A wonderful film – for any genre – about two Italian brothers, Primo and Secondo, trying to make a living in 1950s America.
Their restaurant is struggling – badly – mostly because of chef Primo’s perfectionism and refusal to “Americanise” his fine Italian food.
The philandering Secondo, the more practical of the two, hatches a plan to host a famous jazz singer in one “big night” that will put the restaurant on the map.
The night doesn’t turn out as planned – but the food is mouth-watering to see being prepared and eaten. Even a simple dish of eggs – the hangover cure the next day – will have your stomach rumbling. Warm-hearted and unforgettable.
This 1987 Danish film makes most people’s lists and for good reason – it shows the power of food to break down mistrust, rekindle relationships and just bring intense happiness to people. It’s the tale of an austere religious sect, living in remote village, and their French cook Babette, a refugee of sorts from counter-revolutionary Paris. The film’s climax is a proper French feast, prepared by Babette with the winnings of a lottery. Must see.
Like Water for Chocolate
The weakest and most contentious of the top five (other contenders were Willy Wonka and the Chocolate Factory and Eat, Drink, Man Woman). Nevertheless, it’s worthwhile because recipes are at the heart of the action in this Mexican “magic realist” film about lost love. There are many (admittedly fairly heavy-handed) metaphors about the power of food. But the most famous scene is when the main protagonist, Tita, puts all of her passion into a dish of quail with rose petal source. The dish falls into the wrong hands.
Adelaide’s food truck festival, Fork on the Road, is celebrating the festive season this Friday evening in Light Square.
The “Forkmas” spectacular, from 4pm to 10pm, will feature more than 30 new and regular food and beverage vendors.
As well as a wide selection of foods for dinner, there will be beer, wine, cider, sangria from the McLaren Vale area and spirits from Kangaroo Island.
Local musicians will entertain the crowds, there will be board games for hire, a photo booth, and a face painter for the kids (and maybe a special Christmas visitor).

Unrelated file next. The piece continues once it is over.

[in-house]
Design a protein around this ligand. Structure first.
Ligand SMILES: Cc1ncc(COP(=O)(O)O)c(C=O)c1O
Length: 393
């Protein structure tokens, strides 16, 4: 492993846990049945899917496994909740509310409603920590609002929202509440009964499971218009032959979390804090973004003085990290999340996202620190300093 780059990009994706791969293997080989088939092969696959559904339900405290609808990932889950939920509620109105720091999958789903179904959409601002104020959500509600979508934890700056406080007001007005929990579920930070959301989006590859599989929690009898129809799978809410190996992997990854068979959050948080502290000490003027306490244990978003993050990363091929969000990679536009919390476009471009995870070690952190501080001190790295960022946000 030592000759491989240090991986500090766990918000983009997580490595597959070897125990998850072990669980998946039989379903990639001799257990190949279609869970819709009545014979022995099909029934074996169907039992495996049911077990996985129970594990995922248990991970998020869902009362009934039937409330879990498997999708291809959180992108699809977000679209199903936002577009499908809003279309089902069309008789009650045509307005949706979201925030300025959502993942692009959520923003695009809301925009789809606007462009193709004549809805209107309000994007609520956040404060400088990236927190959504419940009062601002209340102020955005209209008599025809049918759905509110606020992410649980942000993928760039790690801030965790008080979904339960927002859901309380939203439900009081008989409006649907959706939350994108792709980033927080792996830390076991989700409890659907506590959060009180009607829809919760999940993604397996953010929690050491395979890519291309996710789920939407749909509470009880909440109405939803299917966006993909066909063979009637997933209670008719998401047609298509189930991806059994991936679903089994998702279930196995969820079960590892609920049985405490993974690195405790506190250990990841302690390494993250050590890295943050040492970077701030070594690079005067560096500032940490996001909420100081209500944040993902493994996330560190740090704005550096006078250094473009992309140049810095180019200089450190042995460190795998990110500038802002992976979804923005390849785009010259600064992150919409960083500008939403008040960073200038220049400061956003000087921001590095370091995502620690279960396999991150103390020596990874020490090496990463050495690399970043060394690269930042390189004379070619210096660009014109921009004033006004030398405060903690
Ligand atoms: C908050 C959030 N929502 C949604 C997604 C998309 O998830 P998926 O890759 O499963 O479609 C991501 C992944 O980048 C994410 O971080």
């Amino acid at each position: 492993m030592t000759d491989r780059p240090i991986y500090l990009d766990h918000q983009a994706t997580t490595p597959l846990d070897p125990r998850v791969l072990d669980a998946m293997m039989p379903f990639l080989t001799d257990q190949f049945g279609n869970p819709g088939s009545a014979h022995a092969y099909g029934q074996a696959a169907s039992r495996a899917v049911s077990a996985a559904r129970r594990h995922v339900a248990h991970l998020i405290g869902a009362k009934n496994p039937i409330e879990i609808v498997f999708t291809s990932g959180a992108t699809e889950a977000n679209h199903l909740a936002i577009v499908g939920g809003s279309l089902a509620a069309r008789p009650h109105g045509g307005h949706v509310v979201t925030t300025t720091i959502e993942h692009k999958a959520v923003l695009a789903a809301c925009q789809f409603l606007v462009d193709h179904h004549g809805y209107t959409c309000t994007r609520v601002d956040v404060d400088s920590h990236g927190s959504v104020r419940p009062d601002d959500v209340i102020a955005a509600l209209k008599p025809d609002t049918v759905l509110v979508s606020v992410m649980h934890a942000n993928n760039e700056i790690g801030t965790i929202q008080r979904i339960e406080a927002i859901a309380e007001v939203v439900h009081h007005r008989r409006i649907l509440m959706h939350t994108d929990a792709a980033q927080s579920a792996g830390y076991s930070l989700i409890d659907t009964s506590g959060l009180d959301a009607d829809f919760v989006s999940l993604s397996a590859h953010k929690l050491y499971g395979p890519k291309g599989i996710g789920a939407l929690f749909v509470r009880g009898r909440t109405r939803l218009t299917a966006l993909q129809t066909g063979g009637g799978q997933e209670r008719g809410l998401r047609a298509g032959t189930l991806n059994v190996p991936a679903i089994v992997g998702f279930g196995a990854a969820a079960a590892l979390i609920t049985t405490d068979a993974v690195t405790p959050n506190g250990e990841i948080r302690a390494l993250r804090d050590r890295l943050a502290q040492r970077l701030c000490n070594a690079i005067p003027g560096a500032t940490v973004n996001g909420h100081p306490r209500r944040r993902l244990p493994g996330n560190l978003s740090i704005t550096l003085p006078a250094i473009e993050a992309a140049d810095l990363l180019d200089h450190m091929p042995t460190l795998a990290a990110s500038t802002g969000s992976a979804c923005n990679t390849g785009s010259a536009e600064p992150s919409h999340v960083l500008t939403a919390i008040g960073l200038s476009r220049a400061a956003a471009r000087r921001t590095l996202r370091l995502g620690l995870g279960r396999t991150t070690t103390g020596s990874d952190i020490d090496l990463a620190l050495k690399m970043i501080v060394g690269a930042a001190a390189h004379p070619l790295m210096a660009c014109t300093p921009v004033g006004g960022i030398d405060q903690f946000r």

Organisers are asking people to bring an unwrapped gift, suitable for a child aged 6-12, to place under the ‘Gift Tree’, to be collected by the Smith Family after the event.
Entry is free. BYO chairs and rugs.
A YEAR IN THE LIFE OF GRANGE, the stunning book by Adelaide photographer Milton Wordley and InDaily wine writer Philip White, has won the Australian section in the Gourmand Wine Books Awards 2013. The work – a beautiful pictorial celebration of Penfolds Grange – will represent Australia in the global awards in May. Well done gentlemen. Read more about the book here.
IF you want to support local producers this Christmas, the Brand South Australia website has a very useful search function. Just search for a particular food or category of food and the site will show you who produces it locally.
TASTING Australia has announced a couple of special guests attending the event next year – and the selection shows how far the festival will be from the celebrity-chef-heavy days of the past. With its aim of celebrating the origins of our produce, festival organisers have snagged American farming innovator Joel Salatin, and Australian landscape architect and Gardening Australia host Costa Georgiadis.
Merry Christmas from The Forager
This is our last edition of The Forager for the year. We’ll be back with more food news on January 8.
Thanks for all of your support this year. There is clearly a huge appetite – if you’ll excuse the pun – for local food news and we’ll be seeking to meet that demand again throughout next year.